NAACP Leader Says He Won't Call For A Boycott - WLOX.com - The News for South Mississippi

STATE FLAG CONTROVERSY

NAACP Leader Says He Won't Call For A Boycott

National NAACP President Kweisi Mfume said it's been more than 100 years since the Civil War, but there's still a vexing issue of bigotry and hatred in Mississippi. This civil rights leader said the onus is on the state legislature to do something about April's flag vote.

"We call on Mississippians and even more so the leadership that resides in this building to work in a way that really suggests leadership, and not accept this and say 'Well there's nothing we can do,'" Mfume said.

Since Mississippians overwhelmingly voted to keep the current state flag with the confederate battle emblem, Mfume said the NAACP isn't sure if there will be economic actions against the state, calling it unpredictable. However, he did say the association will be closely watching the legislature.

Speaker Pro Tem Robert Clark does not see the legislature taking any action on the issue any time soon.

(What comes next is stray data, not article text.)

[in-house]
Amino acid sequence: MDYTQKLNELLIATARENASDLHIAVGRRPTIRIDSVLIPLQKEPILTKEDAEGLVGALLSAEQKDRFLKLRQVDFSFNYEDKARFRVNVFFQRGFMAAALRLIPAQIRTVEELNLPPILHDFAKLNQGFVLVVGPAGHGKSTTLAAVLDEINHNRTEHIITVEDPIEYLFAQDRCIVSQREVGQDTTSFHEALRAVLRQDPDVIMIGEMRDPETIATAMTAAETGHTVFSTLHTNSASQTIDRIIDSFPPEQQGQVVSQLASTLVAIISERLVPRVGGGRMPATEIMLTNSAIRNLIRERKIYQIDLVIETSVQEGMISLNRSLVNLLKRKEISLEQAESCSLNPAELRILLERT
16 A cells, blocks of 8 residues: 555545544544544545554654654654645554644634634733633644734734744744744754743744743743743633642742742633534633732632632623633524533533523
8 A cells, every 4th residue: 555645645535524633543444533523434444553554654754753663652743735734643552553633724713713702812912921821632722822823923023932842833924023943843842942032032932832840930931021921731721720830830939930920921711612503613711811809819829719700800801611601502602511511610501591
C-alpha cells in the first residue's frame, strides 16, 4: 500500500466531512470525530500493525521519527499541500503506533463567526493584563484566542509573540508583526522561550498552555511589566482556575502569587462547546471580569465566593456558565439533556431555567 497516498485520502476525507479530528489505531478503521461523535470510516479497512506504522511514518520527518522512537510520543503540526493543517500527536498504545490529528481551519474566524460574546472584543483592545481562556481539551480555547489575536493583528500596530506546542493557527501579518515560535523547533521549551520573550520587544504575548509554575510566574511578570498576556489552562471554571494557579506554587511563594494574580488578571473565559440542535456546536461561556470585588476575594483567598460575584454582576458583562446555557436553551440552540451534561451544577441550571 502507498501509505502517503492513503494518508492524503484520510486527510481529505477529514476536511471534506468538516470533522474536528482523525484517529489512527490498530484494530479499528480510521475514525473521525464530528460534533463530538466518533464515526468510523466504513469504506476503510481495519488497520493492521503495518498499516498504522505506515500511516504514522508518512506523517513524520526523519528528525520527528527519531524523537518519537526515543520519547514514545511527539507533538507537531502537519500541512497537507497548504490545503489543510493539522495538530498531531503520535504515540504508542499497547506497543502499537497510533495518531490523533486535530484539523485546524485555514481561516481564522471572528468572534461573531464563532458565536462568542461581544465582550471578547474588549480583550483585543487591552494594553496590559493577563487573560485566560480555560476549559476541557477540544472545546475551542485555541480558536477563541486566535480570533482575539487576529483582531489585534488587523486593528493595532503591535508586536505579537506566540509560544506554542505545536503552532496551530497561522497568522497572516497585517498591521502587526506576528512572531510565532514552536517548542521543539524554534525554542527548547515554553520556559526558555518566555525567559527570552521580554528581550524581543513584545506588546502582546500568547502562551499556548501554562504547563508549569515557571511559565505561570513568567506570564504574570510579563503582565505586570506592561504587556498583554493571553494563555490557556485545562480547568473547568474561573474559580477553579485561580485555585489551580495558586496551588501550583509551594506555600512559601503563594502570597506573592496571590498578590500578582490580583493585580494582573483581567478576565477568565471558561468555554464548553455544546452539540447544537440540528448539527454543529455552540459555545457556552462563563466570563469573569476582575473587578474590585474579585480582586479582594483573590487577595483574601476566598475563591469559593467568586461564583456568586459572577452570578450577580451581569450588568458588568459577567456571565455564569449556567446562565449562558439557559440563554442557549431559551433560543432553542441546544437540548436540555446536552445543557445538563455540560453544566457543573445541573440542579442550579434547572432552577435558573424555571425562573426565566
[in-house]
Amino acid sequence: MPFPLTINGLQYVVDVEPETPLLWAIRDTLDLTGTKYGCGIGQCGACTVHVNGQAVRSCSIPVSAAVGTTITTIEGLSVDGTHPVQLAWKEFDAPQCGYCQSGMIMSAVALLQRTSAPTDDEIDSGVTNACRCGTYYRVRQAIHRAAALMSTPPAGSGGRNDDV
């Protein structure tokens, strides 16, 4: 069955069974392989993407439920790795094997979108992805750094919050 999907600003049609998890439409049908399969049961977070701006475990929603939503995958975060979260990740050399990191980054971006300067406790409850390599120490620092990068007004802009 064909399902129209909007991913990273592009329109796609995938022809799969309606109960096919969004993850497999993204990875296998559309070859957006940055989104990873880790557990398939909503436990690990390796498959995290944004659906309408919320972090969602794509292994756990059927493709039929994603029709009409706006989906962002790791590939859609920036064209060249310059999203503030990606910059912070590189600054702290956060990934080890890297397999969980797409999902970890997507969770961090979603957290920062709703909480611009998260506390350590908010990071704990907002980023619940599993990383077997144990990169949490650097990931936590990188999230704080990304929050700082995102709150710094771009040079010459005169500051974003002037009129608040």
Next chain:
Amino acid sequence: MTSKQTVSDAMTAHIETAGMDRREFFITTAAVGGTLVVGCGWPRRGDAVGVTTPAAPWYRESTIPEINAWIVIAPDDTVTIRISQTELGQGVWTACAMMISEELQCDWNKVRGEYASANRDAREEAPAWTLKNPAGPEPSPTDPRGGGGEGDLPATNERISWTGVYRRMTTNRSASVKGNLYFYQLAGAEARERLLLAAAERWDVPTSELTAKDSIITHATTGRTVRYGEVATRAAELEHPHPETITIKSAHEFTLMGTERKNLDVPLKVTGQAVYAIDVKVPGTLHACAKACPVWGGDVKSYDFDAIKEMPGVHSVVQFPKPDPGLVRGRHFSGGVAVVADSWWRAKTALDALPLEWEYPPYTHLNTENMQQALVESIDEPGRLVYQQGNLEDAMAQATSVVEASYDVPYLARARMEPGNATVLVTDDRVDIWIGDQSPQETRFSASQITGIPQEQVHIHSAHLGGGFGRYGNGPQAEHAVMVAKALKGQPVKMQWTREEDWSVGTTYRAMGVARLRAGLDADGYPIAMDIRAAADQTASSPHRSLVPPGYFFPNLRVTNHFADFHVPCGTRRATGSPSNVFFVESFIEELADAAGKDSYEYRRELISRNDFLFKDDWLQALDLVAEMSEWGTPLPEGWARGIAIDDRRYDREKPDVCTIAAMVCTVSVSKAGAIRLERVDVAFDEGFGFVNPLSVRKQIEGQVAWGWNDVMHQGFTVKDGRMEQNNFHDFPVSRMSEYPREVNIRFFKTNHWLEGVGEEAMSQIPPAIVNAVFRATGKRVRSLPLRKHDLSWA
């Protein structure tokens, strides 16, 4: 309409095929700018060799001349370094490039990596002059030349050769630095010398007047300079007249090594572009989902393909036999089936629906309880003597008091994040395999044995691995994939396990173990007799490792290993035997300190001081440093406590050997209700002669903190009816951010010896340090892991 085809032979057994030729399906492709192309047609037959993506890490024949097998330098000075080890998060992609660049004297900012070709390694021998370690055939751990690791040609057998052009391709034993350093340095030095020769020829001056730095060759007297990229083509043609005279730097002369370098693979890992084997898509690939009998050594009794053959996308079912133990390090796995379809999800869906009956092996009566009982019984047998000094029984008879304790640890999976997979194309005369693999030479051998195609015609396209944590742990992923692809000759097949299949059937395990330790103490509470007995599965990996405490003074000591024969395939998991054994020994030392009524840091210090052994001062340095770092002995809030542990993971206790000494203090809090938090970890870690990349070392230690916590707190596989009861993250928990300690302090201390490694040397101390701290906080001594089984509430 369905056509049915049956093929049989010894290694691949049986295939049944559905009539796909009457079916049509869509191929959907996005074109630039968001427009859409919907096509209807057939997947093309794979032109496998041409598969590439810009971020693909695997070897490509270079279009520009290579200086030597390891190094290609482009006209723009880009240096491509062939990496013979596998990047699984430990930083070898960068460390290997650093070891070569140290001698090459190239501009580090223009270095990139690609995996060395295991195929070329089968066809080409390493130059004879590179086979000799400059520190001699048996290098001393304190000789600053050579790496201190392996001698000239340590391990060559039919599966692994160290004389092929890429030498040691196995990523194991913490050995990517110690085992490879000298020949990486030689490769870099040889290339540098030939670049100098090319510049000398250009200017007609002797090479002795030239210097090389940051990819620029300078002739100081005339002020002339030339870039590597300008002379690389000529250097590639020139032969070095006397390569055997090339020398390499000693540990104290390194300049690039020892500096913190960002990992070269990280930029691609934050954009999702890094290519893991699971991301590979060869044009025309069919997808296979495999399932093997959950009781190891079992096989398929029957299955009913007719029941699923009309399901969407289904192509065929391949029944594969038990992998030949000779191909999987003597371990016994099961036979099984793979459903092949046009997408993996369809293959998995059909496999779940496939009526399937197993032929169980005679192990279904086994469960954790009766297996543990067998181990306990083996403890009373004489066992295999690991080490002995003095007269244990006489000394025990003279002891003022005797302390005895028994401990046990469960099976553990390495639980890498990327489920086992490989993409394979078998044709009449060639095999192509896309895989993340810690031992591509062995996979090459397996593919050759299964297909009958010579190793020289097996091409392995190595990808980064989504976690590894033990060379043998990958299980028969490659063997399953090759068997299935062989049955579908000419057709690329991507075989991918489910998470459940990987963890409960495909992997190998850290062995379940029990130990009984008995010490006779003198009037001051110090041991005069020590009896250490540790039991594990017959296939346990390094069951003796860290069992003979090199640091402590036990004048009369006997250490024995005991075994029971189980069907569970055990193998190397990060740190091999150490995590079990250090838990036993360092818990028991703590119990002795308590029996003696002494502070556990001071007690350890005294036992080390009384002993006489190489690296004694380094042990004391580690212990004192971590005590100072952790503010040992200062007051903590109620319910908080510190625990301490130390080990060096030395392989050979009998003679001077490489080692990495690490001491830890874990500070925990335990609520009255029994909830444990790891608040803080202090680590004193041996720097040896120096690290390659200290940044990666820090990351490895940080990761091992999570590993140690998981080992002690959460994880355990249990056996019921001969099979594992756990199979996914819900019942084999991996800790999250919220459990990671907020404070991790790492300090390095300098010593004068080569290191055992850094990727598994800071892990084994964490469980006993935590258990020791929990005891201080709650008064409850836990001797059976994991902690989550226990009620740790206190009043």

"I don't care what we go up there and vote on as a legislature, if two-thirds of the people of the state of Mississippi voted for something or against it to put in the constitution, the constitution takes precedent over any legislation that we can pass," Clark said.

Gov. Ronnie Musgrove said the meeting was a step forward in that it opened up dialog about the issue. But Musgrove agrees with Speaker Pro Tem Clark.

"As I told Mr. Mfume, the people of Mississippi have spoken. The issue was put before them, and they spoke. I respect the will of the people," Musgrove said.

The two leaders do not have any more meetings planned. The NAACP will hold its annual convention in New Orleans this weekend. Mfume said his meeting with Musgrove will be discussed.

 

  • STATE FLAG CONTROVERSYMore>>

  • NAACP WILL NOT BOYCOTT... FOR NOW

    Coast Is Business As Usual

    While the NAACP will be keeping an eye on the state legislature, coast tourism and economic leaders are keeping an eye on any possible backlash. The coast has enjoyed an economic explosion, of sorts, over the last several years, and any group that could threaten that continued growth must be taken seriously, but for the time being it's business as usual in South Mississippi. More >>
Powered by Frankly